Florida Republican co-sponsor of child labor bill owns company with history of wage theft – Orlando Weekly

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Florida Republican co-sponsor of child labor bill owns company with history of wage theft

photo courtesy of Keith Perry/Facebook

A Florida lawmaker who is co-sponsoring legislation that would allow 16- and 17-year-olds to work on residential construction projects is himself the owner of a roofing company that’s been found guilty in the past of breaking federal wage and hour laws.

Perry Roofing Contractors, a Gainesville-based company founded and led by Florida Sen. Keith Perry, has been sued at least six times for wage theft, the Gainesville Sun reported in 2019, and was later cited by the federal government. According to court records dating back to 2006, former employees who sued had claimed to be paid for piecework, the Sun reported, and said they weren’t paid for overtime they were lawfully entitled to under the Fair Labor Standards Act, the federal law that governs federal wage, hour, and child labor standards.

Two years later, in 2021, the U.S. Department of Labor separately found Perry Roofing Contractors, led by CEO Keith Perry, guilty of violating overtime and record-keeping requirements under federal law. It’s unclear if this investigation involved employees who had already sued, but federal enforcement data reviewed by Orlando Weekly shows the investigation began in 2019.

Federal officials concluded from that investigation that Perry Roofing illegally withheld earnings for employees who were recruited from a drug addiction recovery program through a  Gainesville work release center. Perry Roofing failed to include “production-related and profit-sharing bonuses” in a calculation of overtime rates, and “allowed workers to draw from the overtime bank as needed in the form of gift cards or other advances” for hours worked over 40 per week, according to a 2021 news release.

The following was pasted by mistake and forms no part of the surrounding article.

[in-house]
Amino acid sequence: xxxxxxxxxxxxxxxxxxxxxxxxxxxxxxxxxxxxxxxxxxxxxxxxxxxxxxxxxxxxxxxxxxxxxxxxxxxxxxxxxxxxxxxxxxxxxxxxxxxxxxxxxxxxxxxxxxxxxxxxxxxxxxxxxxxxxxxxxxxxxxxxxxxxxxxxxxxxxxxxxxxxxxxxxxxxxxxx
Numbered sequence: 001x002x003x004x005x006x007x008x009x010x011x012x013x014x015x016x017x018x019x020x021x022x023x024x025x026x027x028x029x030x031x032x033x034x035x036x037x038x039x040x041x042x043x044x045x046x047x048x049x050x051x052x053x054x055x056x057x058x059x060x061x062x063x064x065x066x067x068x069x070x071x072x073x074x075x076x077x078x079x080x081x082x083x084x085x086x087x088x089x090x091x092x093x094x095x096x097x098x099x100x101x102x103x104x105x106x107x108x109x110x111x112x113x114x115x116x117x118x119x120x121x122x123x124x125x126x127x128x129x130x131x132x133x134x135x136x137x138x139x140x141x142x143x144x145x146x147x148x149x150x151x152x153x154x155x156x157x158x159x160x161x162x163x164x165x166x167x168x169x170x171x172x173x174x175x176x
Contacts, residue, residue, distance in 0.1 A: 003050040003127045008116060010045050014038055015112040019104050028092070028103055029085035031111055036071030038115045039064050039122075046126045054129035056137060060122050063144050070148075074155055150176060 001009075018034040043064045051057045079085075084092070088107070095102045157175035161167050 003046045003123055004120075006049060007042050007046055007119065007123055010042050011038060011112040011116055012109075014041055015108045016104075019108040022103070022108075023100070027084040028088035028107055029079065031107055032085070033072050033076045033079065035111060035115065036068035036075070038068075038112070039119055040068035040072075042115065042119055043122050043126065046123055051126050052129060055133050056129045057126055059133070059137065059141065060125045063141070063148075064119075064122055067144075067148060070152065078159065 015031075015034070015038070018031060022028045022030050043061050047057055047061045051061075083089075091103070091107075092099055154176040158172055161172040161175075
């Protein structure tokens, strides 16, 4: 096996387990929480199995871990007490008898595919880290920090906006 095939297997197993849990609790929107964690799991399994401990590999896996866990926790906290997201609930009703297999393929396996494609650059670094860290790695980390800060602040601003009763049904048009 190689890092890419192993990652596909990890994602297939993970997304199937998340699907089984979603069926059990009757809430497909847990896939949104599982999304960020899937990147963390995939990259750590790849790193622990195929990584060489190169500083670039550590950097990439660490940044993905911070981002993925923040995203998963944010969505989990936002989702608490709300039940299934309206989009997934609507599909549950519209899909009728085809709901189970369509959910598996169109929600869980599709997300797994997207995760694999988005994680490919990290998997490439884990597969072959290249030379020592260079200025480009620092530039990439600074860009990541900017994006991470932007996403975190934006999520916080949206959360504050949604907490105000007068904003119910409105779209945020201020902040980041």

Perry’s company agreed to pay $31,673 in back pay to 30 workers, following the conclusion of the federal investigation. Federal investigators did not find Perry’s company in violation of federal child labor law, which forbids minors under 18 from working “on or about any roof” with limited exceptions.

According to the U.S. Department of Labor’s Wage and Hour division, construction is one of the most common industries in which violations of federal minimum wage, overtime, and child labor standards occur.

That’s one of the criticisms that’s been levied by opponents against new Florida legislation (SB 460) co-sponsored by Perry, which would would loosen hazardous work restrictions for 16- and 17-year-olds in residential building construction, an industry that’s currently deemed too dangerous under law for minors unless they’re just doing clerical work.